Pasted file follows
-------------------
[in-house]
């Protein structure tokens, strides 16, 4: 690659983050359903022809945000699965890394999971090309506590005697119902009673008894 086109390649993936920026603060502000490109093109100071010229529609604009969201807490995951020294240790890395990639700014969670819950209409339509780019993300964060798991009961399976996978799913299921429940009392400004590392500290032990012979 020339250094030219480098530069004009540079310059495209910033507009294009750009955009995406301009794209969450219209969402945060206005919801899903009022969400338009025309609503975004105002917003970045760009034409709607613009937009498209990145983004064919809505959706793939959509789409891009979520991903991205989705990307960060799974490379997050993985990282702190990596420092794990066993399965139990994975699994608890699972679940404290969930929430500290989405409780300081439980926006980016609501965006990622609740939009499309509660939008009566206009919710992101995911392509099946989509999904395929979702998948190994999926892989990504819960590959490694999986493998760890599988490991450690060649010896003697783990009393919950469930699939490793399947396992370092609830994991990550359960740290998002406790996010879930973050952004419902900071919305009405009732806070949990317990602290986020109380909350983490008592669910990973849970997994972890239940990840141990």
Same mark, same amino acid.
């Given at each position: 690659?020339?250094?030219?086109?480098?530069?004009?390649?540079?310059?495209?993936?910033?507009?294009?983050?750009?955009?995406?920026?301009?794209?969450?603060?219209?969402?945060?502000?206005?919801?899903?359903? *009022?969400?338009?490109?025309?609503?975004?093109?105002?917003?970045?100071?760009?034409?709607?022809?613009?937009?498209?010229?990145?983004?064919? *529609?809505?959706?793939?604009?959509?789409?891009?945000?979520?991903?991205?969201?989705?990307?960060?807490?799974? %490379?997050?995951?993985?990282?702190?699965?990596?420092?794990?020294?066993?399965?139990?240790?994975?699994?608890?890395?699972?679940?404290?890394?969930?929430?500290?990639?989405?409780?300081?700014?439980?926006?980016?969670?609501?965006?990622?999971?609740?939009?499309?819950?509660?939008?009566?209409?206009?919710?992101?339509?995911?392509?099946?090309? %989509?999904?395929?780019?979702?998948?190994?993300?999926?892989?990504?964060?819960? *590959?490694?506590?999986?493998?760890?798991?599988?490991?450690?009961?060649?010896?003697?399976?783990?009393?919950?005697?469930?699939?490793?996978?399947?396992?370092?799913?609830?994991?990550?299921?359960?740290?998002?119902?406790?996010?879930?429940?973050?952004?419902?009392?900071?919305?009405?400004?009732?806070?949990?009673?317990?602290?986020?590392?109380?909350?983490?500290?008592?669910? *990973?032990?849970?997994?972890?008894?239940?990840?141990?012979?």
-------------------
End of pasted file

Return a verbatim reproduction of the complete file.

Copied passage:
[in-house]
């Protein structure tokens, strides 16, 4: 690659983050359903022809945000699965890394999971090309506590005697119902009673008894 086109390649993936920026603060502000490109093109100071010229529609604009969201807490995951020294240790890395990639700014969670819950209409339509780019993300964060798991009961399976996978799913299921429940009392400004590392500290032990012979 020339250094030219480098530069004009540079310059495209910033507009294009750009955009995406301009794209969450219209969402945060206005919801899903009022969400338009025309609503975004105002917003970045760009034409709607613009937009498209990145983004064919809505959706793939959509789409891009979520991903991205989705990307960060799974490379997050993985990282702190990596420092794990066993399965139990994975699994608890699972679940404290969930929430500290989405409780300081439980926006980016609501965006990622609740939009499309509660939008009566206009919710992101995911392509099946989509999904395929979702998948190994999926892989990504819960590959490694999986493998760890599988490991450690060649010896003697783990009393919950469930699939490793399947396992370092609830994991990550359960740290998002406790996010879930973050952004419902900071919305009405009732806070949990317990602290986020109380909350983490008592669910990973849970997994972890239940990840141990």
Same mark, same amino acid.
């Given at each position: 690659?020339?250094?030219?086109?480098?530069?004009?390649?540079?310059?495209?993936?910033?507009?294009?983050?750009?955009?995406?920026?301009?794209?969450?603060?219209?969402?945060?502000?206005?919801?899903?359903? *009022?969400?338009?490109?025309?609503?975004?093109?105002?917003?970045?100071?760009?034409?709607?022809?613009?937009?498209?010229?990145?983004?064919? *529609?809505?959706?793939?604009?959509?789409?891009?945000?979520?991903?991205?969201?989705?990307?960060?807490?799974? %490379?997050?995951?993985?990282?702190?699965?990596?420092?794990?020294?066993?399965?139990?240790?994975?699994?608890?890395?699972?679940?404290?890394?969930?929430?500290?990639?989405?409780?300081?700014?439980?926006?980016?969670?609501?965006?990622?999971?609740?939009?499309?819950?509660?939008?009566?209409?206009?919710?992101?339509?995911?392509?099946?090309? %989509?999904?395929?780019?979702?998948?190994?993300?999926?892989?990504?964060?819960? *590959?490694?506590?999986?493998?760890?798991?599988?490991?450690?009961?060649?010896?003697?399976?783990?009393?919950?005697?469930?699939?490793?996978?399947?396992?370092?799913?609830?994991?990550?299921?359960?740290?998002?119902?406790?996010?879930?429940?973050?952004?419902?009392?900071?919305?009405?400004?009732?806070?949990?009673?317990?602290?986020?590392?109380?909350?983490?500290?008592?669910? *990973?032990?849970?997994?972890?008894?239940?990840?141990?012979?």